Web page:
Born in South London in 1948, Brian Catling is a sculptor, poet, novelist, academic and performance artist. He studied at the North East London Polytechnic (1968-71), the Royal College of Art, (1971-74) and is a Fellow of Linacre College, Oxford. His installations and performances have been staged in a number of countries including, Spain, Japan, Iceland, Israel, Holland, Norway, Germany, Greenland and Australia. He was the first Henry Moore fellow of Sculpture at Norwich School of Art (1982-85) and in 2001 won the Paul Hamlyn Award for Visual Art. He has been a visiting lecturer in England, Norway and Holland and has taught at The Ruskin School of Drawing & Fine Art for over twenty years.
For the first few years after leaving the Royal College of Art, Catling pursued a relatively conventional career path as a sculptor and academic. However, by the mid-1980s Catling's direction started to change. After completing his Henry Moore Fellowship at the Norwich School of Art, Catling chose to take on a commission in Denmark. His 1986 exhibition 'On Touching, Haunting and Marking A Noble Silent Room' held at Leifsgade 22 in Copenhagen, Denmark, was to prove pivotal. The exhibition was held in a large room that had previously been a drying shed for tobacco and a repository for archival documents. Catling wanted to acknowledge this history and let the room, and its resonances, direct his work. This way of working, exploring the history and atmosphere of venues, was to influence much of his work throughout the 1980s and 1990s. This exhibition was also responsible for a more fluid way of working and freed Catling from the conventions of the artists' studio. Commissions undertaken abroad were made in their locations, sometimes using the surrounding landscape to make his pieces. For his exhibition 'White Breath ? Red Heart' held at the Hordaland Kunstnercentrum in Bergen, Norway, Catling made his final work at midnight by making a leaden cast of the full moon's reflection on the frozen lake at Trollhaugen Lake, located on the outskirts of the city.
From the mid-1980s onwards, Catling started to allow his writing to meld more with his sculpture. His poetry had been published by Albion Village Press - owned by Catling's friend and collaborator, Iain Sinclair -since the early 1970s, but up until that point, both disciplines had been kept relatively separate. However, these elements started to collide and found expression in performance art. Catling honed his craft during the late 1980s, combining performance, sculpture and writing to make site-specific works throughout Europe. These performance-based exhibitions have been staged in international venues since the early 1990s and include significant shows such as 'The Blindings' at the Serpentine Gallery in 1994, a durational work that lasted nine days, and a series of 'Cyclops' manifestations made between 1995 and 2002, each uniquely made for its venue. Some of these manifestations were placed in galleries as video installations and much of his later work has included the creation of video pieces.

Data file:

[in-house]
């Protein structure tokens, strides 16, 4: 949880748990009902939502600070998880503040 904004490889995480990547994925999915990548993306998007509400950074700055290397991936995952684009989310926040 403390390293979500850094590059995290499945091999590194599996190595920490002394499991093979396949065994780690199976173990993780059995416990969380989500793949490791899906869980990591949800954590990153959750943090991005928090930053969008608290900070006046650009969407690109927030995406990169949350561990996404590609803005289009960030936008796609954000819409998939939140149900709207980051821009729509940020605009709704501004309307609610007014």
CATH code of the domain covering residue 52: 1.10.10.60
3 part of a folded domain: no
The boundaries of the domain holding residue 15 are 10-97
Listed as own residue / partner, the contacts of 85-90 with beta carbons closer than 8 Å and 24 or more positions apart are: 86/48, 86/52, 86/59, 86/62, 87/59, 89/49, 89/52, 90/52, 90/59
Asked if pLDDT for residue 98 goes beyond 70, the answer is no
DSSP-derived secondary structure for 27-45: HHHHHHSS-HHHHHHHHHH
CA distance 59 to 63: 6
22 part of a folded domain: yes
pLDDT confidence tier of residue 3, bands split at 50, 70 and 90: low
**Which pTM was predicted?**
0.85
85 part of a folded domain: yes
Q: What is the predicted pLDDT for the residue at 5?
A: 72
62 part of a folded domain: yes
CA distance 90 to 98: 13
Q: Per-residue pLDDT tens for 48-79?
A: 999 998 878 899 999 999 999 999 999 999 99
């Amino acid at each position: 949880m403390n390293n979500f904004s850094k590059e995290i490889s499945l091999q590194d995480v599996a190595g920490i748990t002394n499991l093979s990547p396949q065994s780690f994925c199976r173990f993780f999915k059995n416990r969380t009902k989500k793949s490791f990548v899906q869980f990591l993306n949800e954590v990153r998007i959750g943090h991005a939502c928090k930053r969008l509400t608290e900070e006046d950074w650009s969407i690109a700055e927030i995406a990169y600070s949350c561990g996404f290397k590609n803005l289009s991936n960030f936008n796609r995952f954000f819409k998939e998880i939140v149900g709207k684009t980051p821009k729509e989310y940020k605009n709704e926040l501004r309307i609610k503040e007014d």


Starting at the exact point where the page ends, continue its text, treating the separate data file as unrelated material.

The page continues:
In 2001, Catling founded the international performance collective 'The Wolf in Winter', a group of six solo performance artists who come together at various intervals to perform at international venues. Catling has also collaborated extensively with the screenwriter Tony Grisoni, producing various pieces together, including the 1999 film 'Vanished: A Video Séance'. He has had numerous books of poetry published and his poems have featured in various anthologies, including 'Anthology of Twentieth-Century British and Irish Poetry' (Oxford University Press, 2001).
Despite Catling's prolific literary and performance output, the process of creating sculpture has always proved to be a satisfying experience for Catling and he has been unable to abandon his formative passion, remarking that "there is a constant boomerang back into the physical studio, where the forge and materials demand an archery of actual presence. It is sculpture that is proud of its simplicity and of the scars and of its construction. The process of cutting, grinding, welding and forging are considered as poetic acts, as much as structural necessities" ('United Enemies: The Problem of Sculpture in Britain in 1960s & 1970s', The Henry Moore Institute, 2011). In 2006 he was the winner of the Historic Royal Palaces commission to create a monument at the site of execution at The Tower of London.
He is professor of fine art at The Ruskin School of Drawing & Fine Art, University of Oxford, and a Fellow of Linacre College.